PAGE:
For each object added by a basic dlopen(3C), the runtime linker first looks for the symbol in the dynamic executable. The runtime linker then looks in each of the objects provided during the initialization of the process. If the symbol is still not found, the runtime linker continues the search. The runtime linker next looks in the object acquired through the dlopen(3C) and in any of its dependencies.
The default symbol lookup model provides for transitioning into a lazy loading environment. If a symbol can not be found in the presently loaded objects, any pending lazy loaded objects are processed in an attempt to locate the symbol. This loading compensates for objects that have not fully defined their dependencies. However, this compensation can undermine the advantages of a lazy loading.
In the following example, the dynamic executable prog and the shared object B.so.1 have the following dependencies.
$ ldd prog A.so.1 => ./A.so.1 $ ldd B.so.1 C.so.1 => ./C.so.1
If prog acquires the shared object B.so.1 by dlopen(3C), then any symbol required to relocate the shared objects B.so.1 and C.so.1 will first be looked for in prog, followed by A.so.1, followed by B.so.1, and finally in C.so.1. In this simple case, think of the shared objects acquired through the dlopen(3C) as if they had been added to the end of the original link-edit of the application. For example, the objects referenced in the previous listing can be expressed diagrammatically as shown in the following figure.
Any symbol lookup required by the objects acquired from the dlopen(3C), that is shown as shaded blocks, proceeds from the dynamic executable prog through to the final shared object C.so.1.
This symbol lookup is established by the attributes assigned to the objects as they were loaded. Recall that the dynamic executable and all the dependencies loaded with the executable are assigned global symbol visibility, and that the new objects are assigned world symbol search scope. Therefore, the new objects are able to look for symbols in the original objects. The new objects also form a unique group in which each object has local symbol visibility. Therefore, each object within the group can look for symbols within the other group members.
These new objects do not affect the normal symbol lookup required by either the application or the applications initial dependencies. For example, if A.so.1 requires a function relocation after the previous dlopen(3C) has occurred, the runtime linker's normal search for the relocation symbol is to look in prog and then A.so.1. The runtime linker does not follow through and look in B.so.1 or C.so.1.
This symbol lookup is again a result of the attributes assigned to the objects as they were loaded. The world symbol search scope is assigned to the dynamic executable and all the dependencies loaded with it. This scope does not allow them to look for symbols in the new objects that only offer local symbol visibility.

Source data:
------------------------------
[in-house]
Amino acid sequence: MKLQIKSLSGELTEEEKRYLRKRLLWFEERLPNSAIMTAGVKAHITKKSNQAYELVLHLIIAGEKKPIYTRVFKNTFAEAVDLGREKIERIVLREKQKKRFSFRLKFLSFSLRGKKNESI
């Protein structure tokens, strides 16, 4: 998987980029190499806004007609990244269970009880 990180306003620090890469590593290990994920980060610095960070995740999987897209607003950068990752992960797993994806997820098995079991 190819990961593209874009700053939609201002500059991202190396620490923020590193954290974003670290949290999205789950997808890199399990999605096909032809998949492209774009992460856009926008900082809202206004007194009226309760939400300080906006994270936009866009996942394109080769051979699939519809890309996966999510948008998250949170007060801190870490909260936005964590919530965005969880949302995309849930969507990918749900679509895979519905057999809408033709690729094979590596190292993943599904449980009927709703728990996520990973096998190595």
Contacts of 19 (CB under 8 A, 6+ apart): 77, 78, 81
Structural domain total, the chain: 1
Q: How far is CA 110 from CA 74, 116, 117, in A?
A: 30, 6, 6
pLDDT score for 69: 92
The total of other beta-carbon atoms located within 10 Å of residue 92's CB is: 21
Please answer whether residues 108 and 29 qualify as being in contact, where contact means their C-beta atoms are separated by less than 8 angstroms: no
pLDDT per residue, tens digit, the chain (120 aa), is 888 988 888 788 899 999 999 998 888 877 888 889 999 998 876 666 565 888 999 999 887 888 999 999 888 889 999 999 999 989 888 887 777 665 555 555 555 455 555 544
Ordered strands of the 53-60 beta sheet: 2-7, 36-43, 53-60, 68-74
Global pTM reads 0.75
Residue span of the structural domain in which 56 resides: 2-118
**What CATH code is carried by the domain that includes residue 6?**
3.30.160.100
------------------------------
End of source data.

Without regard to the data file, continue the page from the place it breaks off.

These symbol search and symbol visibility attributes maintain associations between objects. These associations are based on their introduction into the process address space, and on any dependency relationship between the objects. Assigning the objects associated with a given dlopen(3C) to a unique group ensures that only objects associated with the same dlopen(3C) are allowed to look up symbols within themselves and their related dependencies.
This concept of defining associations between objects becomes more clear in applications that carry out more than one dlopen(3C). For example, suppose the shared object D.so.1 has the following dependency.
$ ldd D.so.1 E.so.1 => ./E.so.1
and the prog application used dlopen(3C) to load this shared object in addition to the shared object B.so.1. The following figure illustrates the symbol lookup releationship between the objects.
Suppose that both B.so.1 and D.so.1 contain a definition for the symbol foo, and both C.so.1 and E.so.1 contain a relocation that requires this symbol. Because of the association of objects to a unique group, C.so.1 is bound to the definition in B.so.1, and E.so.1 is bound to the definition in D.so.1. This mechanism is intended to provide the most intuitive binding of objects that are obtained from multiple calls to dlopen(3C).
When objects are used in the scenarios that have so far been described, the order in which each dlopen(3C) occurs has no effect on the resulting symbol binding. However, when objects have common dependencies, the resultant bindings can be affected by the order in which the dlopen(3C) calls are made.
In the following example, the shared objects O.so.1 and P.so.1 have the same common dependency.
$ ldd O.so.1 Z.so.1 => ./Z.so.1 $ ldd P.so.1 Z.so.1 => ./Z.so.1
In this example, the prog application will dlopen(3C) each of these shared objects. Because the shared object Z.so.1 is a common dependency of both O.so.1 and P.so.1, Z.so.1 is assigned to both of the groups that are associated with the two dlopen(3C) calls. This relationship is shown in the following figure.
Z.so.1 is available for both O.so.1 and P.so.1 to look up symbols. More importantly, as far as dlopen(3C) ordering is concerned, Z.so.1 is also be able to look up symbols in both O.so.1 and P.so.1.
Therefore, if both O.so.1 and P.so.1 contain a definition for the symbol foo, which is required for a Z.so.1 relocation, the actual binding that occurs is unpredictable because it is affected by the order of the dlopen(3C) calls. If the functionality of symbol foo differs between the two shared objects in which it is defined, the overall outcome of executing code within Z.so.1 might vary depending on the application's dlopen(3C) ordering.